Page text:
Inside Look at Cellulose Provides Insight into Cotton
By Rosalie Marion
June 8, 2009
Using a neutron beam to study
nanocrystals, researchers have provided new information about hydrogen bonds
that connect the building blocks of cellulose, the main molecule in cotton
fibers and most other plant cell walls. The study was coauthored by
Agricultural Research Service (ARS)
scientists with lead collaborators from Los
Alamos National Laboratory in New Mexico and
Fourier University in Grenoble, France.
The study, published in Biomacromolecules, brings researchers closer
to completely describing the structure of cellulose. That structure will
provide a greater understanding of the chemical and physical properties of
cotton. Researchers have been studying the molecular structure of cellulose for
more than a century.
To understand how cellulose changes when it is exposed to enzymes, water or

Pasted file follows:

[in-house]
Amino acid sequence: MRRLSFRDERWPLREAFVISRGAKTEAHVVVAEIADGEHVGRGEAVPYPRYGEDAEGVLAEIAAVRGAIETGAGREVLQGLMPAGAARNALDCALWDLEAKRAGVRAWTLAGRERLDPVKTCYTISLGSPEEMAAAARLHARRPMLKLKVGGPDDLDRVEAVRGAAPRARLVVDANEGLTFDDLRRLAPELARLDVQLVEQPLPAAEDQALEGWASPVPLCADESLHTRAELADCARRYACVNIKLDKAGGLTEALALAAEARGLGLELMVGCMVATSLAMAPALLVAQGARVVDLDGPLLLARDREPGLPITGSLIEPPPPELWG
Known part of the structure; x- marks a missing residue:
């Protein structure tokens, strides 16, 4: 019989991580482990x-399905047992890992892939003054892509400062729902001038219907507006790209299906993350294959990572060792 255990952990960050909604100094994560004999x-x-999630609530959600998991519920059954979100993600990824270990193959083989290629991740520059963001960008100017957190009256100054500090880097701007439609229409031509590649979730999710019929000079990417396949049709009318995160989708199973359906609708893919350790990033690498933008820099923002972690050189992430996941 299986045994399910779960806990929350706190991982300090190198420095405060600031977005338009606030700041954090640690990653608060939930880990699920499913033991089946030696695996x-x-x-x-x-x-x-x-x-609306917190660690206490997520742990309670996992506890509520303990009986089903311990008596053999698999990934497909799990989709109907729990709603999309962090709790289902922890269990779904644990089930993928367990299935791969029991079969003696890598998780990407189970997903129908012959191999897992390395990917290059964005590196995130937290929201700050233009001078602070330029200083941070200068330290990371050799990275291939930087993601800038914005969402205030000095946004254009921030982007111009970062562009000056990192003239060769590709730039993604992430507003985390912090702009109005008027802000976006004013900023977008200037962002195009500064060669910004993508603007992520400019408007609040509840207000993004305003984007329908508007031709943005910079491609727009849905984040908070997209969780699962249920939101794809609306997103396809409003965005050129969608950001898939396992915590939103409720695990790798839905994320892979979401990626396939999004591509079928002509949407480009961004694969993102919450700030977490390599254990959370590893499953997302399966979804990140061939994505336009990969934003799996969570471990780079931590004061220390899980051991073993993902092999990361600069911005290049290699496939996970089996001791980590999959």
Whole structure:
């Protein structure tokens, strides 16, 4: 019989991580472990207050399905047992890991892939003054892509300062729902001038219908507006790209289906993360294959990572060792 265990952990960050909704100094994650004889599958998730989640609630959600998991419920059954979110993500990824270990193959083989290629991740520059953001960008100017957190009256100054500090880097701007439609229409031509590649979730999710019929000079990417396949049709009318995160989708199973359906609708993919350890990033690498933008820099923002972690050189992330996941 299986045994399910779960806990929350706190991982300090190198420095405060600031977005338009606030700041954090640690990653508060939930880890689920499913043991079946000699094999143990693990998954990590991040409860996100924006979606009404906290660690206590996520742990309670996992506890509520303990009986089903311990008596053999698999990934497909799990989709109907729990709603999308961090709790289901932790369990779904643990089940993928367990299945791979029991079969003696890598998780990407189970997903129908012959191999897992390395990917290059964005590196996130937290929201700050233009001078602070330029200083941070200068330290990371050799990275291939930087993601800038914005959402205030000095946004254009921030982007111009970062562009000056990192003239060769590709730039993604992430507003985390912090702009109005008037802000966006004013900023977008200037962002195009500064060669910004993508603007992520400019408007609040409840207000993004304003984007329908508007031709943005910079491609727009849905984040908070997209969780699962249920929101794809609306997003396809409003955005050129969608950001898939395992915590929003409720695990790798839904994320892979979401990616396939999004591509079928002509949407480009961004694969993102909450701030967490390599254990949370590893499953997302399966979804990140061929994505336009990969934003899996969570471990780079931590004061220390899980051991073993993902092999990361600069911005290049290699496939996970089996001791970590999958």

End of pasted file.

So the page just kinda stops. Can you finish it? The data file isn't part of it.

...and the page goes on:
chemical treatments, researchers need to learn more about its hydrogen bonding
system. Certain enzymes, for example, are used to break down cellulose for use
as biofuel, while others are used to treat textiles, such as stonewashing of
French and support scientist
Johnson, both with the
Cotton Structure and Quality Research Unit in New Orleans, La., worked with
computer-based molecular models, and the cooperators worked with neutron
equipment. They looked at the bonds at both room temperature and at
temperatures so cold that atoms almost stop movingabout 430 degrees below
The researchers sought to discover whether the hydrogen atoms continuously
transition or whether they remain in a fixed location. They detected only
static hydrogen atoms at both temperatures. That suggests there is generally a
well-ordered network of hydrogen bonds, and that there is also a different
network that occurs on surfaces of the nanocrystals and in regions of defects.
Knowing more about how cotton crystals interact with neighboring molecules
and their intramolecular electronic energy could eventually lead to a better
understanding of defects or weaknesses at the molecular level. That better
understanding could lead to improvements in permanent press and antimicrobial
finishes for consumer products.
ARS is the principal intramural scientific research agency of the
U.S. Department of Agriculture.